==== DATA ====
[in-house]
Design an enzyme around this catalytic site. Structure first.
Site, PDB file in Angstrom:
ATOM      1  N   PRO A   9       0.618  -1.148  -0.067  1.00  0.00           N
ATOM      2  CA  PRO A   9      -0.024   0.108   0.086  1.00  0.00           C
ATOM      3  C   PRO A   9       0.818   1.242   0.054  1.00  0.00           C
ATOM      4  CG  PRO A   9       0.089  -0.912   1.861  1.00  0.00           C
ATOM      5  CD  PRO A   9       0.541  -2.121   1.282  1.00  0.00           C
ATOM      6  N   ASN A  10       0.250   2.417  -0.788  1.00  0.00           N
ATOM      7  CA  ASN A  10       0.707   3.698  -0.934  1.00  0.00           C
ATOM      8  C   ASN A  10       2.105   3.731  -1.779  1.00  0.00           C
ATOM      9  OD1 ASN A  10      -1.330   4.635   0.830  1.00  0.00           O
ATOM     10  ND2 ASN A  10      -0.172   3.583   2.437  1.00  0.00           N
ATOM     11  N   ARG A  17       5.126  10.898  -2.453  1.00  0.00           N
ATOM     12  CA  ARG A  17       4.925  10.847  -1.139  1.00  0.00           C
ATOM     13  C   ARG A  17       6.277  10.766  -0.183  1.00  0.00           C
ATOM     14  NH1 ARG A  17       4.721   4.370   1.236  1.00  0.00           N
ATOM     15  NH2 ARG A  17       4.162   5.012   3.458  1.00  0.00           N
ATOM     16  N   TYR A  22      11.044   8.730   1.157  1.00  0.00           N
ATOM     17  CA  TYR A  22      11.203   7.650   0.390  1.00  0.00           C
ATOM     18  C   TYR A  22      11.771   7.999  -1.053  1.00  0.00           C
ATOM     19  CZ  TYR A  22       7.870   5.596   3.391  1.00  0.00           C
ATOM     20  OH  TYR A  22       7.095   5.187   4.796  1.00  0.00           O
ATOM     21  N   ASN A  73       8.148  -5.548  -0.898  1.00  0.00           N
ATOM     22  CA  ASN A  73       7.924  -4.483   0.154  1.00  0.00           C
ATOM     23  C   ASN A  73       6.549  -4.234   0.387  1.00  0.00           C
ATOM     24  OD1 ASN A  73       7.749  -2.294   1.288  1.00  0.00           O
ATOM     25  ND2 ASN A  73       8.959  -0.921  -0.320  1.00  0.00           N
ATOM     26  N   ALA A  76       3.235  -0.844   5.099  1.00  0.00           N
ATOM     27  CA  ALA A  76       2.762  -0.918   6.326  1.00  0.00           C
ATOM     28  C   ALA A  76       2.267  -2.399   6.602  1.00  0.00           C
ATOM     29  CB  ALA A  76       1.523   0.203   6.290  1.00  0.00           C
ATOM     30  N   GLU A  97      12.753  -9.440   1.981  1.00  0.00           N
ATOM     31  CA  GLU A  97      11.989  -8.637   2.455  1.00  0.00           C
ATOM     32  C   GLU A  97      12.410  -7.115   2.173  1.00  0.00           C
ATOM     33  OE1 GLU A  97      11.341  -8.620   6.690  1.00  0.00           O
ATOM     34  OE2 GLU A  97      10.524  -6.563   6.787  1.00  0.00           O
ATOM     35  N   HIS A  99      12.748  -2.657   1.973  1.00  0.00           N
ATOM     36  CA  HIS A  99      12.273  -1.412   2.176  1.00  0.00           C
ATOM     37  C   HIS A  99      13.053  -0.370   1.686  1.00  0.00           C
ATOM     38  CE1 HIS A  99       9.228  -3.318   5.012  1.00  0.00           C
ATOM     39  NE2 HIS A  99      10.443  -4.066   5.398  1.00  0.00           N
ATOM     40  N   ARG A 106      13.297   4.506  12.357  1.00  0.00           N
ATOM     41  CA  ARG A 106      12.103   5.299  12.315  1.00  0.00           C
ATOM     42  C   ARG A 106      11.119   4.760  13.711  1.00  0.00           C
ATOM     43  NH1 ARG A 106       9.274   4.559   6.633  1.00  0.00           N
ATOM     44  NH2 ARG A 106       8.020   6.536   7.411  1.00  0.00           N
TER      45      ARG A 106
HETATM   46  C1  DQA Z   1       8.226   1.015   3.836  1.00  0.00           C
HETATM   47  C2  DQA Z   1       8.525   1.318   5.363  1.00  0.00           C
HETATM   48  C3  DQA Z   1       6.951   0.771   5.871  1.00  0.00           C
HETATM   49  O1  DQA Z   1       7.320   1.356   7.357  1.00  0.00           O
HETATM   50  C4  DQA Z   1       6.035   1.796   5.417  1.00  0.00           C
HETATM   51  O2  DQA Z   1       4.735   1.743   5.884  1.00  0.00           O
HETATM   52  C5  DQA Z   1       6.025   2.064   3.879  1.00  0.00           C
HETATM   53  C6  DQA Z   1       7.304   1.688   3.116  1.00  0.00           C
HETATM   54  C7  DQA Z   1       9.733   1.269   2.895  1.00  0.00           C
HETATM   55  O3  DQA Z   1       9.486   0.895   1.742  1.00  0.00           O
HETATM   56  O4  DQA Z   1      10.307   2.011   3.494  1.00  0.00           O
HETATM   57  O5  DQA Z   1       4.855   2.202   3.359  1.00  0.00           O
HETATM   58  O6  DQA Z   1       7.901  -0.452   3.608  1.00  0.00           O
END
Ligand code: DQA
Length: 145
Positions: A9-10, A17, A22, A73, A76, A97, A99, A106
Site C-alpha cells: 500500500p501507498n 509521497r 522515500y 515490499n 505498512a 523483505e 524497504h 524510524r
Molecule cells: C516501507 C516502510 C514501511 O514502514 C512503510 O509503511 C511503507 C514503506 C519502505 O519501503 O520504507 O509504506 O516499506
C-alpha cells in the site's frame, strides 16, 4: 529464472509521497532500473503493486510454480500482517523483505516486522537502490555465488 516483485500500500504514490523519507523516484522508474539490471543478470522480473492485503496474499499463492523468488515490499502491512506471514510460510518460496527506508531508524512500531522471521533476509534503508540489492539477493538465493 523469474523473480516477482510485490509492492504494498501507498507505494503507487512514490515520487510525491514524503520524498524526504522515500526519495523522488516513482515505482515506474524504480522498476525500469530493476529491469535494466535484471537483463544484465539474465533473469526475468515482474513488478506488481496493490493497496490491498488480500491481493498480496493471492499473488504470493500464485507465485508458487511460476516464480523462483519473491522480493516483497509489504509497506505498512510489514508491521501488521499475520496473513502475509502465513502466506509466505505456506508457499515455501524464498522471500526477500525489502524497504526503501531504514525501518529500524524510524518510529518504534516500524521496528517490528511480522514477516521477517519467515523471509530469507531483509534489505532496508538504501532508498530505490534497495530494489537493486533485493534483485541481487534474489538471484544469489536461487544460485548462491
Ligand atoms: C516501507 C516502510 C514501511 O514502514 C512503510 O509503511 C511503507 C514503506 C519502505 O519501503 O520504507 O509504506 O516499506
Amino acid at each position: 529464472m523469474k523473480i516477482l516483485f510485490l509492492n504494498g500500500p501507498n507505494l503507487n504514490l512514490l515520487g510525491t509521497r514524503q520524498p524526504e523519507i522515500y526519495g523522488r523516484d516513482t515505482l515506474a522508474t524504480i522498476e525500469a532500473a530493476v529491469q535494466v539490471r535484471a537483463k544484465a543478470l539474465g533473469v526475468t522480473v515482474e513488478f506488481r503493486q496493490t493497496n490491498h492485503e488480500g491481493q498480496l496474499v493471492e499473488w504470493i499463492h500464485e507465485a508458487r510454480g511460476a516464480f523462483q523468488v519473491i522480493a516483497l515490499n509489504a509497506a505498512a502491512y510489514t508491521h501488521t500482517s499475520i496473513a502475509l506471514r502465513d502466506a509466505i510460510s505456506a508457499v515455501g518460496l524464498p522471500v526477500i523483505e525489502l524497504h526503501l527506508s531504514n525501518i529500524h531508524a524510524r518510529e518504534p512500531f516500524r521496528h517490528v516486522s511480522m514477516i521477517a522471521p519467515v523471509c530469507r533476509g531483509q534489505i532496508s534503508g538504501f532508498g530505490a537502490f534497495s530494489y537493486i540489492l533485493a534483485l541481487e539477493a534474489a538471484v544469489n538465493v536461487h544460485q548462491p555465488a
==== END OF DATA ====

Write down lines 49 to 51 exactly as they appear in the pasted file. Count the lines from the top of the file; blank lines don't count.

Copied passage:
HETATM   46  C1  DQA Z   1       8.226   1.015   3.836  1.00  0.00           C
HETATM   47  C2  DQA Z   1       8.525   1.318   5.363  1.00  0.00           C
HETATM   48  C3  DQA Z   1       6.951   0.771   5.871  1.00  0.00           C